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Murder at Bridge

January 19, 2011

I sort of don’t like how odd and ends of more-recent-than-1923 fiction pop up on Project Gutenberg, although I recognize that’s just me being silly, or a tiny bit annoyed by the fact that lots of things with interesting titles turn out to be short stories from SF magazines, which really aren’t my kind of thing. But you also get the odd mystery novel from the ’30s, ’40s, or ’50s, and those can be pretty entertaining. Murder at Bridge, for example. It’s from 1931 and it’s by Anne Austin, who apparently wrote several mystery novels between the late twenties and mid thirties, although Google Books is choosing not to make them available. Or, I don’t know, they could all be under copyright. But Murder at Bridge seems not to be, and Google hasn’t made their text of that available either. Whatever. Let’s just say that Google Books is, as ever, a mystery to me.

Anyway. Murder at Bridge. The setting is a moderately sized city called Hamilton, the detective is an investigator attached to the DA’s office who has been saddled with the name “Bonnie Dundee,” and, thankfully, you don’t have to know much about bridge to figure out what’s going on.

Also attached to the DA’s office is Penny Crain. She’s a secretary now, but until her father went bankrupt and ran off to New York she was part of Hamilton’s social elite, and her old friends still include her in their activities and try not to let things get awkward. She’s still part of the Forsyte Alumnae Bridge Club, Forsyte being the fancy East Coast finishing school that Penny and the women in her social circle attended. Austin tries to make a big deal out of it, but it’s almost entirely irrelevant to the mystery. The bridge club isn’t though, because is has a new member, and she’s not a Forsyte girl. Her name is Juanita Leigh Selim, and she’s a Broadway dancer who one of the local women, Lois Dunlap, has brought to Hamilton to help found a theater group or something. She’s tiny and dark-haired and very beautiful, and the women of Hamilton mostly like her, even though all of their husbands have kind of fallen in love with her — most notably Penny’s boyfriend, Ralph Hammond.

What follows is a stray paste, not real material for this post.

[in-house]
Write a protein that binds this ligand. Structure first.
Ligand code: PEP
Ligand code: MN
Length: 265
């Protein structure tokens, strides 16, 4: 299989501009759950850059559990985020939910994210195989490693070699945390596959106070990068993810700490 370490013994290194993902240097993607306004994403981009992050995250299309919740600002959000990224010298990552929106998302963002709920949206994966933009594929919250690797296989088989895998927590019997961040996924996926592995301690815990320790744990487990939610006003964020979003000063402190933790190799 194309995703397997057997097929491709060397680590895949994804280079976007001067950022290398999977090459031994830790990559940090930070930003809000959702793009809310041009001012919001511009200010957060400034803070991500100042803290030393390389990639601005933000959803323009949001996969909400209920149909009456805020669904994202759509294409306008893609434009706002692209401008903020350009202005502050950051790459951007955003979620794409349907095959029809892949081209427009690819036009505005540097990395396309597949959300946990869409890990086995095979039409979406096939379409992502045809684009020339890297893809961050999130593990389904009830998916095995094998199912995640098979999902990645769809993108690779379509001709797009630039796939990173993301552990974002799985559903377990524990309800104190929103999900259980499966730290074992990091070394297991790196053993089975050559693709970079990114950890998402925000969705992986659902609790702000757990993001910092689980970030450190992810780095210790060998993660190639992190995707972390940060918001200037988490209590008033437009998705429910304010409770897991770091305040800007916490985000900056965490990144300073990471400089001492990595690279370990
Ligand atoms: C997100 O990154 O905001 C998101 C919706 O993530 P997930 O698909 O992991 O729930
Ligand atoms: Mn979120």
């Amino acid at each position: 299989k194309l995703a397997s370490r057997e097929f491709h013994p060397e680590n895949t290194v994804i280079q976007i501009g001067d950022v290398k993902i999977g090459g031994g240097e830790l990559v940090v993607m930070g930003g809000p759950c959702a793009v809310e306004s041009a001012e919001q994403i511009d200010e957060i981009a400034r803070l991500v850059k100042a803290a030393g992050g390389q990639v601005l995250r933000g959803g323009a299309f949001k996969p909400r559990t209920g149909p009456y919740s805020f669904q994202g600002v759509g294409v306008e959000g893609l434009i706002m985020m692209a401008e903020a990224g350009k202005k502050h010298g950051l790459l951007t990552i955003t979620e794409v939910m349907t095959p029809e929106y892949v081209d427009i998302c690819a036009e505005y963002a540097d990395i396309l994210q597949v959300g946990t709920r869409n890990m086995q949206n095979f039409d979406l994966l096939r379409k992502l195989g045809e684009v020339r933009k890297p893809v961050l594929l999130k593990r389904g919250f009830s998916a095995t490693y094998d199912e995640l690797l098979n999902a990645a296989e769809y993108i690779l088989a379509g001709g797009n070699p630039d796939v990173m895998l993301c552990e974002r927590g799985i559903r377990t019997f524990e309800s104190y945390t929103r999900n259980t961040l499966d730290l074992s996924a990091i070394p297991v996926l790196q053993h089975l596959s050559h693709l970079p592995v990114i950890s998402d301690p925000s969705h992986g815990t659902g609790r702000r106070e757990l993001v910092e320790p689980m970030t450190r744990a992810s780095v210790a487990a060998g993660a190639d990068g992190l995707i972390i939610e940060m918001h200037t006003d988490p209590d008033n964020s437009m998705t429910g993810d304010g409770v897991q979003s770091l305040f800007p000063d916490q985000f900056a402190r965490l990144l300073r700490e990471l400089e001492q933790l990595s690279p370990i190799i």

So. Nita Selim gets shot at the end of a bridge party at her house, and all of the club members are there, along with most of their husbands and boyfriends, plus This guy named Sprague who Nita brought from New York with her. And because Penny asks him to and he’s a little bit in love with her, and also because it’s, you know, his job, Bonnie Dundee investigates.

There were a few things I didn’t like so much about this book, like Penny’s chartreuse dress with big brown polka dots, but mostly I thought it was pretty good. You’re given a lot of clues — easily enough to allow you to solve the mystery, but not all at once. And Dundee’s investigation proceeds sort of similarly — he follows up on different clues, and sometimes he gets bits of helpful information and sometimes he doesn’t. Most of the characters are just interesting and likable enough to work, and even Nita, the sexy dancer who brings her lover with her from New York and flirts with everyone’s husbands isn’t vilified, which was surprising and pleasing.

But hey, maybe I really just liked it because I figured out who killed Nita and how it was done before Bonnie Dundee did. I never manage that.

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2 comments

  1. I read this a while back and don’t remember most of it, so I’ll probably read it again. Meanwhile, I just finished another book by Anne Austin called Girl Alone, from 1930. It involves orphans, rich parents, and running away to join the circus. I hope Google Books, Internet Archives, and/or Gutenberg will publish more of her works!


    • I’ll have to keep an eye out for that — I don’t think I’ve ever come accoss a book that dealt with running away to the circus in a way that satisfies me.



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